This weekend Hollywood stars will orbit around each other on the red carpet for the Golden Globe Awards. Winners will walk away with trophies that have literal golden globes, while everyone else will walk away drunk. Some critics see these globes as meaningless, you have the choice to see them as a statistical anomaly: The Golden Globes don’t exist in the universe.
Gold is unique as it can exist as an element, metal, and mineral. While gold may be found in the small amounts in the inner core of some planets, like Earth, no planets are actually globes of gold. And unlike carbon or iron, it is not created within a star.
Instead, gold is created when two neutron stars collide and explode. In June 2013, Harvard researchers discovered that 3.9 billion light-years away neutron stars 1.5 times the mass of the sun rammed into each other, resulting in an explosion that released a massive amount of gamma-rays. They believe this gamma-ray burst resulted in a bombardment of heavy elements — including gold.
“By combining the estimated gold produced by a single short gamma-ray burst with the number of such explosions that have occurred over the age of the universe,” the researchers said in a statement, “all the gold in the cosmos might have come from gamma-ray bursts.”
While there are no planets that are the astronomical embodiment of Goldmember, it doesn’t mean that there isn’t any gold inside of the planet. Consider Earth which has an outer core mostly made of iron and nickel, but which also has traces of other elements like gold. Scientists believe that when molten iron sank and became a core during the Earth’s formation, it brought down precious elements — so much so that University of Bristol researchers say there are enough precious metals in the core to cover all of Earth in a four meter thick layer.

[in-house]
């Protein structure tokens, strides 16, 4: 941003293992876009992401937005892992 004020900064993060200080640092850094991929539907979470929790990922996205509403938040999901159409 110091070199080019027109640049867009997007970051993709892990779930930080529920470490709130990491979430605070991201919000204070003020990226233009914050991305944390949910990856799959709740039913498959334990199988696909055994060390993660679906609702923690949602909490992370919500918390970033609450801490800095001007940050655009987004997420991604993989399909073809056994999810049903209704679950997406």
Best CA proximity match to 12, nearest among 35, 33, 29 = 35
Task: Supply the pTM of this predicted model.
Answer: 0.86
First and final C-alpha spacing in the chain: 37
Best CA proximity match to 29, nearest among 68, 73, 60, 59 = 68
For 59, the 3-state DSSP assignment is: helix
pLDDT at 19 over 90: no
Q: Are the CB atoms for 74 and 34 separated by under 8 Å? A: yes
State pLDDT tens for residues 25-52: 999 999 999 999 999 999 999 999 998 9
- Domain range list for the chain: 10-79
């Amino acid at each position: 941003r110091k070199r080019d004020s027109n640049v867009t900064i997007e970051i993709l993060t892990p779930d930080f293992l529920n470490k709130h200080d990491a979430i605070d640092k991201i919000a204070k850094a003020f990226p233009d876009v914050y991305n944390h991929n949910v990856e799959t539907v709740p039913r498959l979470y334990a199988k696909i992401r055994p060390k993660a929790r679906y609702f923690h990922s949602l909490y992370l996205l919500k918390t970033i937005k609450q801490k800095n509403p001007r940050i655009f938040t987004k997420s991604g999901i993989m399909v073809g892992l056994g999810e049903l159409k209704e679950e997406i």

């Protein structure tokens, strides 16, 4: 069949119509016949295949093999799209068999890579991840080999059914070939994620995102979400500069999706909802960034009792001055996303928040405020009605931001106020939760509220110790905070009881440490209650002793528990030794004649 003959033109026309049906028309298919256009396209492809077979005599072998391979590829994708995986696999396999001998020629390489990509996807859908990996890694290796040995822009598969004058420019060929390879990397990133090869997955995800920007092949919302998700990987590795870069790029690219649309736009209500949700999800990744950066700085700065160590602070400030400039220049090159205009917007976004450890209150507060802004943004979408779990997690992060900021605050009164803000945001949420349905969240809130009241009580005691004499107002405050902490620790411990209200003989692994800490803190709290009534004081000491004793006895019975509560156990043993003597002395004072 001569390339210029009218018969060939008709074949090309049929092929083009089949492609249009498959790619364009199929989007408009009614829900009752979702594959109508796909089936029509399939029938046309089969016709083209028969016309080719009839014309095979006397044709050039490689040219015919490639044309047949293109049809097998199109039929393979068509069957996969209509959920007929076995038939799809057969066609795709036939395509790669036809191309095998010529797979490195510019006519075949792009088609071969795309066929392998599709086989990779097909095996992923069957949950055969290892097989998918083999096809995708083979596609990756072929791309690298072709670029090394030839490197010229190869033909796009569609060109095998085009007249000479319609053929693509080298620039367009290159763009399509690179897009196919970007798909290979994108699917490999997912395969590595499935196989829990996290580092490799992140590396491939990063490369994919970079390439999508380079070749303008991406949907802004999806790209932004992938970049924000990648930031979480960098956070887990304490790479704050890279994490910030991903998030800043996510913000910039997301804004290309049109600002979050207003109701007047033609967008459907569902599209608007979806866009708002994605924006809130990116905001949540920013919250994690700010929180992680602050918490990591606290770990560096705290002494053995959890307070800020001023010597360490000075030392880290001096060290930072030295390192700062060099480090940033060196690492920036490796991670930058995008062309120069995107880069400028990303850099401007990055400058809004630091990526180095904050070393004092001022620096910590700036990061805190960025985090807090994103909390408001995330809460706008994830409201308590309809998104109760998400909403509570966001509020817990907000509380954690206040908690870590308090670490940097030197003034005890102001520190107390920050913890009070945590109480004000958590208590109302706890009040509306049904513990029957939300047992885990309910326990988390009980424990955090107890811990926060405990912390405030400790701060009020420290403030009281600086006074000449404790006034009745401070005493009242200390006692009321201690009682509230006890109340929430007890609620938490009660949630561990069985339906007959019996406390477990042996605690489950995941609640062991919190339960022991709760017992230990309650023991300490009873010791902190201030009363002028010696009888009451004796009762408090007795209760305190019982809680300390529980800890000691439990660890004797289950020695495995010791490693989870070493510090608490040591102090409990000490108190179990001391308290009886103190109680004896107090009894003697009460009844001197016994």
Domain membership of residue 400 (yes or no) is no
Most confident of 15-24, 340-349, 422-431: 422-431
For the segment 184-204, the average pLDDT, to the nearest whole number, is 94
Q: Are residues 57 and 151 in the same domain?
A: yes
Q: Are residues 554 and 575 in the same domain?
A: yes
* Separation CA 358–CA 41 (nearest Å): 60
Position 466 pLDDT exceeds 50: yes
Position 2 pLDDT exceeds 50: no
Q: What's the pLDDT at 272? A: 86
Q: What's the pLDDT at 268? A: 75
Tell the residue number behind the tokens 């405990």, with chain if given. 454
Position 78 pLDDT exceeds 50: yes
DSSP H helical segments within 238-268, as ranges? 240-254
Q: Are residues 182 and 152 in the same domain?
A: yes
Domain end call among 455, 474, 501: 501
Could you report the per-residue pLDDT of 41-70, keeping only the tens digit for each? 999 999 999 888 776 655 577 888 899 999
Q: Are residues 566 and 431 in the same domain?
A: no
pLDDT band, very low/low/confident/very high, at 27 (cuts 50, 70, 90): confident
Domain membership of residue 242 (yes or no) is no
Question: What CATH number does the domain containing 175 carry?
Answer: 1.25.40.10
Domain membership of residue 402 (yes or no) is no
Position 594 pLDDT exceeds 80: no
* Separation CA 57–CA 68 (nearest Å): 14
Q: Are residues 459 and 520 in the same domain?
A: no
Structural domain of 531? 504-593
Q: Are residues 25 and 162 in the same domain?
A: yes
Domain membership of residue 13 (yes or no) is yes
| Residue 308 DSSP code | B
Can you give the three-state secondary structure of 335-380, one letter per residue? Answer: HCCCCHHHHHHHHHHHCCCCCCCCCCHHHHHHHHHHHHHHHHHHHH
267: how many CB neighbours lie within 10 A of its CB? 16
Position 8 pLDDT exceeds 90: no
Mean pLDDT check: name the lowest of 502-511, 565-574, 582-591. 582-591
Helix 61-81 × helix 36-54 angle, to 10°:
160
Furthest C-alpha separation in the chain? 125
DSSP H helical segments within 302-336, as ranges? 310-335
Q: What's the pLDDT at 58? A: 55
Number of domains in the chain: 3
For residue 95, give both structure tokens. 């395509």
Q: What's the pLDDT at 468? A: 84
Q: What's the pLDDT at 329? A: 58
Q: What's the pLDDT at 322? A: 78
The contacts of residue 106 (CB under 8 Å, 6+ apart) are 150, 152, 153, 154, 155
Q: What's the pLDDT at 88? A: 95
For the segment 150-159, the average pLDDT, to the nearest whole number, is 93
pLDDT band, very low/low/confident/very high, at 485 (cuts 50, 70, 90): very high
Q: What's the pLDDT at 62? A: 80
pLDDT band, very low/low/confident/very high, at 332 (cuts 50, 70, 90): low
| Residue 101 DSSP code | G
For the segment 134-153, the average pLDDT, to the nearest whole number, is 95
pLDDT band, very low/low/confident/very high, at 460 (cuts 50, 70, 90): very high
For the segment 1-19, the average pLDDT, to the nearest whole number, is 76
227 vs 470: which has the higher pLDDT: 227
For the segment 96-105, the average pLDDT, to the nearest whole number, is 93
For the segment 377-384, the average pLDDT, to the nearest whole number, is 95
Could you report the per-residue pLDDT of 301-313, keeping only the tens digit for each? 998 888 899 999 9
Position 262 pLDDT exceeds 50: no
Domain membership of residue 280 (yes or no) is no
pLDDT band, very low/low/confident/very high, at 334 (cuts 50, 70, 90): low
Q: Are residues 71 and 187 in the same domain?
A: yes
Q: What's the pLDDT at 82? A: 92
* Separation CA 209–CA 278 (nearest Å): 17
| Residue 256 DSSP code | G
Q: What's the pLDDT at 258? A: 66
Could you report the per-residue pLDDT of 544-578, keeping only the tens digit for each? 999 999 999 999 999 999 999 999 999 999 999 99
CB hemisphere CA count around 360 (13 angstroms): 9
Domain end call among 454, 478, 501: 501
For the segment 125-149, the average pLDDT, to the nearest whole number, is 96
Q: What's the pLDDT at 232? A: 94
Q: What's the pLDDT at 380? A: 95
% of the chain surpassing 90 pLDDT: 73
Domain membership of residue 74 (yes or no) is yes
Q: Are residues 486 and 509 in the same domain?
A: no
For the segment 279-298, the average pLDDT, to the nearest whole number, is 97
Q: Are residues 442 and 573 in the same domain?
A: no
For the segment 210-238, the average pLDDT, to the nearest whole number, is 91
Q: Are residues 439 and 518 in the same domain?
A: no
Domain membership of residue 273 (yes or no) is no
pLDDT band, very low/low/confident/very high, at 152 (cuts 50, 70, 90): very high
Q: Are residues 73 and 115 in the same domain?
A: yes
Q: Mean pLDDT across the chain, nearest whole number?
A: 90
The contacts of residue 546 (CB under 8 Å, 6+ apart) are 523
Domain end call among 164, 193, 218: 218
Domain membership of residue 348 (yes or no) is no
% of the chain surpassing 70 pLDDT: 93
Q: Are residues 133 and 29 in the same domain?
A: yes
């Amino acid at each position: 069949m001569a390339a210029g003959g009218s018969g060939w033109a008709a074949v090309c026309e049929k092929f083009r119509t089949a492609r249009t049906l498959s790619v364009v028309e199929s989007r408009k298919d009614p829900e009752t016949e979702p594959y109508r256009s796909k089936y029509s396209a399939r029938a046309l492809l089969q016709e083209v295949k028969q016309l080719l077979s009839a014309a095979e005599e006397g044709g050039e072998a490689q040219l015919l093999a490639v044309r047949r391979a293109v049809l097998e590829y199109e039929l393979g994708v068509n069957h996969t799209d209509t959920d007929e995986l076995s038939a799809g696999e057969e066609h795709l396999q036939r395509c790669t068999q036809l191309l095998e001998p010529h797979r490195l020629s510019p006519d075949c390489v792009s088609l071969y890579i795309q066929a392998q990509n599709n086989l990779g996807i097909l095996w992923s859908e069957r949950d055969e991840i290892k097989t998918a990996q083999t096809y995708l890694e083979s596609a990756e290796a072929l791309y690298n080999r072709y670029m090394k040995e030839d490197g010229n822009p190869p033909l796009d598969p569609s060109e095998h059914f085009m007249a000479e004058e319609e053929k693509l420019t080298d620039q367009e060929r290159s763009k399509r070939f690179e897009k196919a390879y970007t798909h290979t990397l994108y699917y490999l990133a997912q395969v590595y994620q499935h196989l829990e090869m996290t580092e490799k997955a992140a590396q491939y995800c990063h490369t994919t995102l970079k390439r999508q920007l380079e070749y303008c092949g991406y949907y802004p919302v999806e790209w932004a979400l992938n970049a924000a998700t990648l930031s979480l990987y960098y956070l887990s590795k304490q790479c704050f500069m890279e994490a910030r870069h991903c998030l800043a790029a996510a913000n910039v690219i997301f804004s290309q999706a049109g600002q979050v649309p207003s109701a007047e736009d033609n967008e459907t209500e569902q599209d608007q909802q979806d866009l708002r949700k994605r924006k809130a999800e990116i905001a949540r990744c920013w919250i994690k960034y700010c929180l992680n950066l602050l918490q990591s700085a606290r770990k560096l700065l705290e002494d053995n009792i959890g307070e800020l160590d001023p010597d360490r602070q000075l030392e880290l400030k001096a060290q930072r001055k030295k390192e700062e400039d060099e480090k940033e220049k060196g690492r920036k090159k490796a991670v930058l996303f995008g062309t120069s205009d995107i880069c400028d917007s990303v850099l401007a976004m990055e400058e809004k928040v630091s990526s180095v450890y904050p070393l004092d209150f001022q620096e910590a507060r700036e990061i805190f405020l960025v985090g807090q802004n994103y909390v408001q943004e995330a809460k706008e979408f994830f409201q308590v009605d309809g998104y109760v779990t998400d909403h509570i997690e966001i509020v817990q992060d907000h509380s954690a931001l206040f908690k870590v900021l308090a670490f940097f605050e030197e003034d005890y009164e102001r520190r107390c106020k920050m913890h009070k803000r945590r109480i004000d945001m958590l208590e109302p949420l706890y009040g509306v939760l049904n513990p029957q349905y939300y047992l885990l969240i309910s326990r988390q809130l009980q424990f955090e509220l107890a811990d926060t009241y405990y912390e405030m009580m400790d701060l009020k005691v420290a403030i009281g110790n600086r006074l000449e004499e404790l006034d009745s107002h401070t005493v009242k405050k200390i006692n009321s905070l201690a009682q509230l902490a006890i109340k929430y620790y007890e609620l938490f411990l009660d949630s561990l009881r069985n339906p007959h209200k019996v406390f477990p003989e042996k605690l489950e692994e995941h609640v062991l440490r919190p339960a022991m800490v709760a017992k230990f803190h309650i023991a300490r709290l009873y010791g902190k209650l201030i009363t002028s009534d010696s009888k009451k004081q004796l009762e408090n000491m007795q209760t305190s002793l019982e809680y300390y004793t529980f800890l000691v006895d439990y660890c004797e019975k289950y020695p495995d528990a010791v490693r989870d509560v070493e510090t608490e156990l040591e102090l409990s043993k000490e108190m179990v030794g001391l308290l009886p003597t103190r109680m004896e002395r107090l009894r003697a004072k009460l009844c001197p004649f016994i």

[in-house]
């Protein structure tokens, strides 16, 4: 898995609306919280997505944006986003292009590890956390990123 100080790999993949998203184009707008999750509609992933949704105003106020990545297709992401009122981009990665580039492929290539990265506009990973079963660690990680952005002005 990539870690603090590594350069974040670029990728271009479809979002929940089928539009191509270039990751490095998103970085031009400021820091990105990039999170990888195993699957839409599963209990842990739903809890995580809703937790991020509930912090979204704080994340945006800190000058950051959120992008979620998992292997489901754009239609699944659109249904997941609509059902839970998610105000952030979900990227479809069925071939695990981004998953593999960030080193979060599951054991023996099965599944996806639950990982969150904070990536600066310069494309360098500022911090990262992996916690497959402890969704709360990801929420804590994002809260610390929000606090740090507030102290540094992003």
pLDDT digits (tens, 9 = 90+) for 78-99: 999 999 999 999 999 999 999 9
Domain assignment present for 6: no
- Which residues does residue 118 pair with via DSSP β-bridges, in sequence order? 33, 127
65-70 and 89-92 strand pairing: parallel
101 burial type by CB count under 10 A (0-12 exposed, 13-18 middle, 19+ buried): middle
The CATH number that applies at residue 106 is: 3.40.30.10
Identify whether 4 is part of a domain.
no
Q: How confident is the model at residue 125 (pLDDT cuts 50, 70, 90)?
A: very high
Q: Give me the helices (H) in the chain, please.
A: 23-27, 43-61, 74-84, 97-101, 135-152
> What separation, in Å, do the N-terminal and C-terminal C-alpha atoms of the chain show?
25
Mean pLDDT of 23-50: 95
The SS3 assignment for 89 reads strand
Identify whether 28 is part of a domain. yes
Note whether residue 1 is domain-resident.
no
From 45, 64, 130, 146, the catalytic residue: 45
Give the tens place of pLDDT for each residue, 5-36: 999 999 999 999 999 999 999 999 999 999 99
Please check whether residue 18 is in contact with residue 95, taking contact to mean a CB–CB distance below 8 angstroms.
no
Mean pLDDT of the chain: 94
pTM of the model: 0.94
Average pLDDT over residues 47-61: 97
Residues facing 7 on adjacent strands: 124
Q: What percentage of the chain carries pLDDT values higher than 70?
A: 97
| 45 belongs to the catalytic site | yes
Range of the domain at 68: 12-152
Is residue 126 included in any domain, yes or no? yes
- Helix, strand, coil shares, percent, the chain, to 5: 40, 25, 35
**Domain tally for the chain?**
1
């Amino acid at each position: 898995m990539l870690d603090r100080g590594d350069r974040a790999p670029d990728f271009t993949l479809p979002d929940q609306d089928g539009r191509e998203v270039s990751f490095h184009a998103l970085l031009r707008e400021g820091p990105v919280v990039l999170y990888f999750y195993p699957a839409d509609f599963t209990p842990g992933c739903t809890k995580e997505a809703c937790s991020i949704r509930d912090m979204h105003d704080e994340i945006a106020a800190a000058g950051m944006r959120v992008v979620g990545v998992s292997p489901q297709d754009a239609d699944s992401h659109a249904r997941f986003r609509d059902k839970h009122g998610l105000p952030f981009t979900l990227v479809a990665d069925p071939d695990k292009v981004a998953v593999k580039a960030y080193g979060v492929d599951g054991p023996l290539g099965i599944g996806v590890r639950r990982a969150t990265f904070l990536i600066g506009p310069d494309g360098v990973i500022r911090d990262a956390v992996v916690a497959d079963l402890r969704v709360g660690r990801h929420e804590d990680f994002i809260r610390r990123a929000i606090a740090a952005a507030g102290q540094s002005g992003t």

But because of the waves of meteorites that hit Earth 3.8 to 41. billion years ago carrying all that gold from the gamma ray burst, there was so much gold on Earth that it wasn’t all pulled down to the core.
“The removal of gold to the core should leave the outer portion of Earth bereft of bling,” said the University of Bristol researchers in a statement. “However, precious metals are tens to thousands of times more abundant in Earth’s silicate mantle than anticipated.”
Planets result from a massive acceleration of stars and elementally derived dust, which means that all planets consist of many materials. The chance that a golden globe exists out there is as likely as Hacksaw Ridge walking away with Best Drama — it’s an interesting idea, but nobody is actually going to see that.